June 26, 2018

Series Spotlight: Spider Latham Mysteries, by Liz Adair

Hello friends! I ran across this series again while unpacking our books, (yes! we're finally back in our house after the fire!)  It had been quite awhile since I had read it, so I gave it a re-read, and was once again happy I did.

If you like intense thrillers, keep looking! You will probably be bored stiff with these. On the other hand, if you enjoy a good cozy mystery with some memorable characters, you will probably like this series just fine.

If you give them a try, let me know!

The Lodger (Spider Latham Mystery #1), by Liz Adair

4 stars: Down-home, small-town detecting.

Spider Latham is deputy sheriff in sparsely populated Lincoln County, Nevada. That is, until the sheriff dies in a car crash. Spider takes the new job. Unfortunately for him, there is no training other than a big handbook of rules (budget cuts), and even worse, with just a couple of days of sheriffing under his belt, a dead body is found. Of course, it is now up to Spider to figure out the mystery--who was she, who killed her, and why. In the meantime, the local mortuary refuses to take the remains, so Spider and his wife have to secure them in their barn under less than ideal circumstances (hence the title.)

* * * * *

I really liked meeting Spider and the other characters in this book. He's a man that gets things done--even difficult, dirty, or disgusting things. Without fanfare or fuss, he gets it done.

There were many commenters on Goodreads who felt the plot was too slow for a mystery, but I didn't mind it. It was a more character-driven novel than mystery-driven. Not a thriller. It was as much about enjoying the workings of this small town and its sheriff as it was about catching the killer.

I liked the portrayal of Mormonism in it. The characters were Mormon, most of them, and they definitely all had their flaws. Spider was struggling a bit--I wouldn't go so far as to call it a crisis of faith, but just struggling with what he perceived as an injustice. He was released as a bishop soon after losing his job, and as he looked around, it seemed related. Again, other commenters have said he seemed very critical and judgmental of others. I don't know. To me, it was a flaw, but it made him seem more real. He was trying to do better and be better.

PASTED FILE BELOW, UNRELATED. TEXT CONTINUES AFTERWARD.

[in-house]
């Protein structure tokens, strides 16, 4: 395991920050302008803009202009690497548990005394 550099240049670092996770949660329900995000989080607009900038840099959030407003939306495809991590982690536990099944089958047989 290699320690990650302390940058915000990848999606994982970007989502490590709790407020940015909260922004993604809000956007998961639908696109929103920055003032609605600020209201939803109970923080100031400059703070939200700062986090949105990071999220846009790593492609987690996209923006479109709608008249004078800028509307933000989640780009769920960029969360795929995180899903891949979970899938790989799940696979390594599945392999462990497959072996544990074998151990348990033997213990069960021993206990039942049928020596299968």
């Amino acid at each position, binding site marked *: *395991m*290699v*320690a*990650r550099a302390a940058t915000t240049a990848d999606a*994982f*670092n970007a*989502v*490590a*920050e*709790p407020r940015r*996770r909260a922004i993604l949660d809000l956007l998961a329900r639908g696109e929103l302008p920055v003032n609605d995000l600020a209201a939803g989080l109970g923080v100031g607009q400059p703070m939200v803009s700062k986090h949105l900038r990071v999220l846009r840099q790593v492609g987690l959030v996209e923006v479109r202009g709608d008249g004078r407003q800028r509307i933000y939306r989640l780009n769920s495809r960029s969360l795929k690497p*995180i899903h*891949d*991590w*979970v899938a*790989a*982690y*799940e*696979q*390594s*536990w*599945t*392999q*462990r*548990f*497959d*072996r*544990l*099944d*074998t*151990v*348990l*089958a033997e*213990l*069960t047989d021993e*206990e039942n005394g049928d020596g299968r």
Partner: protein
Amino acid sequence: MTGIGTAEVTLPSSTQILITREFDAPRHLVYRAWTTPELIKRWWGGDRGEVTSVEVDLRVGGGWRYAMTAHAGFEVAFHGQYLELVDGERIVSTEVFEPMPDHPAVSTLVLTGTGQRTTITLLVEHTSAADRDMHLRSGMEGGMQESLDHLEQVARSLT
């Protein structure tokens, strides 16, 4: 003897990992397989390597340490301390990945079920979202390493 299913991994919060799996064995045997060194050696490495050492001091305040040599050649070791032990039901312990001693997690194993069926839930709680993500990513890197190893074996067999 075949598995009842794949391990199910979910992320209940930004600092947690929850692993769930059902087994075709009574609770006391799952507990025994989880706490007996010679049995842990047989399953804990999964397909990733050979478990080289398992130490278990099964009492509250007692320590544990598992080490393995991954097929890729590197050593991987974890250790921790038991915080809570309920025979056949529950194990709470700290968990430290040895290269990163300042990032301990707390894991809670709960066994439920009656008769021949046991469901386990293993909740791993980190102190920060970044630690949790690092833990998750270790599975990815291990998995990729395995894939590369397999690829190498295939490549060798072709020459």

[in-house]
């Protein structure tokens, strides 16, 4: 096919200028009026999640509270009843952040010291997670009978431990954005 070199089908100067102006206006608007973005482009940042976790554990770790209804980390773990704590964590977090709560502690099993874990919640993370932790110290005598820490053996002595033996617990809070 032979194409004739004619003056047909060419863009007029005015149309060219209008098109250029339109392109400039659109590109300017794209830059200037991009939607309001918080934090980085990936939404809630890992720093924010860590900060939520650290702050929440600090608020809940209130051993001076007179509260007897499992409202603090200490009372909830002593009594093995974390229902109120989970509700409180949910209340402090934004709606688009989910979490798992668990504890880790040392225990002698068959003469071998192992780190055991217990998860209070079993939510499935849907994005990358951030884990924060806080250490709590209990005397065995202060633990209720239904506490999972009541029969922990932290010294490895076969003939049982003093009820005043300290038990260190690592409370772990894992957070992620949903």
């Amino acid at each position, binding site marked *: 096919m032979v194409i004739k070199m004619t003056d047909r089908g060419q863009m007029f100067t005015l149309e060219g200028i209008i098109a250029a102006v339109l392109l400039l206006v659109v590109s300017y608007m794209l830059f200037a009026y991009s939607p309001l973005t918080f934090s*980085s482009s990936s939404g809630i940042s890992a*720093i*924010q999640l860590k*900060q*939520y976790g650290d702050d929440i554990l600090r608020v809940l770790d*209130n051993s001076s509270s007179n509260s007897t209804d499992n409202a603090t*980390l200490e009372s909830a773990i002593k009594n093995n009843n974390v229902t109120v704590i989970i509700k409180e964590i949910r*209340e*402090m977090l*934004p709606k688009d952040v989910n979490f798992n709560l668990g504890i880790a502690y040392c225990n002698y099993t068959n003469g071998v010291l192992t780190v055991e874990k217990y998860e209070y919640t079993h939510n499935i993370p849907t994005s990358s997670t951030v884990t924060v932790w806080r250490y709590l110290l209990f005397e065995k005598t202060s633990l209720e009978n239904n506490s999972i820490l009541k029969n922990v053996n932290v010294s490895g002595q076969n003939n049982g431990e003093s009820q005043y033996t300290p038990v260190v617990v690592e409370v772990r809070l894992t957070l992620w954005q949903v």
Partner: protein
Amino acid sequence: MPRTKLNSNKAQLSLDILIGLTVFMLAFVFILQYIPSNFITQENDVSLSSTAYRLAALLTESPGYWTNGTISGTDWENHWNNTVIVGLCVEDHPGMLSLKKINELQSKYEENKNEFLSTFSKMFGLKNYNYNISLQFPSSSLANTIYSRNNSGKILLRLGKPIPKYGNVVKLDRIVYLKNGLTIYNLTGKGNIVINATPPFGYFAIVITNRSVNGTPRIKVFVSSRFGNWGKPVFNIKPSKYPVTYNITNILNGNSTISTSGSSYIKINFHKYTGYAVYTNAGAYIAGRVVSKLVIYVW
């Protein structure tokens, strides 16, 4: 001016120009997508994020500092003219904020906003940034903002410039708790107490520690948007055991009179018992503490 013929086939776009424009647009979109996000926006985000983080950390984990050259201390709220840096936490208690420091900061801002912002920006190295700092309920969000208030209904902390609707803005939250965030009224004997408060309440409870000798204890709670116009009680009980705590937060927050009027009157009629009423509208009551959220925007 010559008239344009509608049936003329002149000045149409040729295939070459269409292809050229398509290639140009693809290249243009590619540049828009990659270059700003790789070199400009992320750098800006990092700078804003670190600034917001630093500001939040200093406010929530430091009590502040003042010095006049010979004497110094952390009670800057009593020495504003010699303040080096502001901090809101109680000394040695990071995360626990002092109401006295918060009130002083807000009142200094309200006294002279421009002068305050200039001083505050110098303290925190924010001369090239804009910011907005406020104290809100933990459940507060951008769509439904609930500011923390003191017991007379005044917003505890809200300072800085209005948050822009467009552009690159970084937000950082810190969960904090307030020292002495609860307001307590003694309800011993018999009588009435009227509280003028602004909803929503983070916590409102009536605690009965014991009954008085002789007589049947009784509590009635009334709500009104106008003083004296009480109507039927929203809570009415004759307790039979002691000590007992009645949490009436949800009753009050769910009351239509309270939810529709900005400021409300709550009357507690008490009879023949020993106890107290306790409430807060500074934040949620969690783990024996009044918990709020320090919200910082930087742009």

I also liked that he and his wife had discussions about faith and grace and other gospel related topics. I didn't feel like it overwhelmed the story or became too heavy. Since Spider's spiritual journey was also part of the story, as mentioned, I didn't feel that it took away from the plot. Rather, it was showing what he did or learned to resolve his concerns.

Anyway, really liked it. This was actually the 2nd or 3rd time I've read it. It had been long enough that I didn't remember most of it, so that was good.

After Goliath (Spider Latham Mystery #2), by Liz Adair

4 stars: Spider comes through again!

What happens when a murder has been committed, and the murderer has confessed, but you don't believe the confession? Well, you do what you can to get to the bottom of it and find the truth. At least, you do if you're Spider Latham, sheriff of Lincoln County. It being a small county and all, he knows all of the characters involved in this little drama--some better than others, of course--but all of them either by long acquaintance or by reputation. That may stand in the way of finding the truth, though.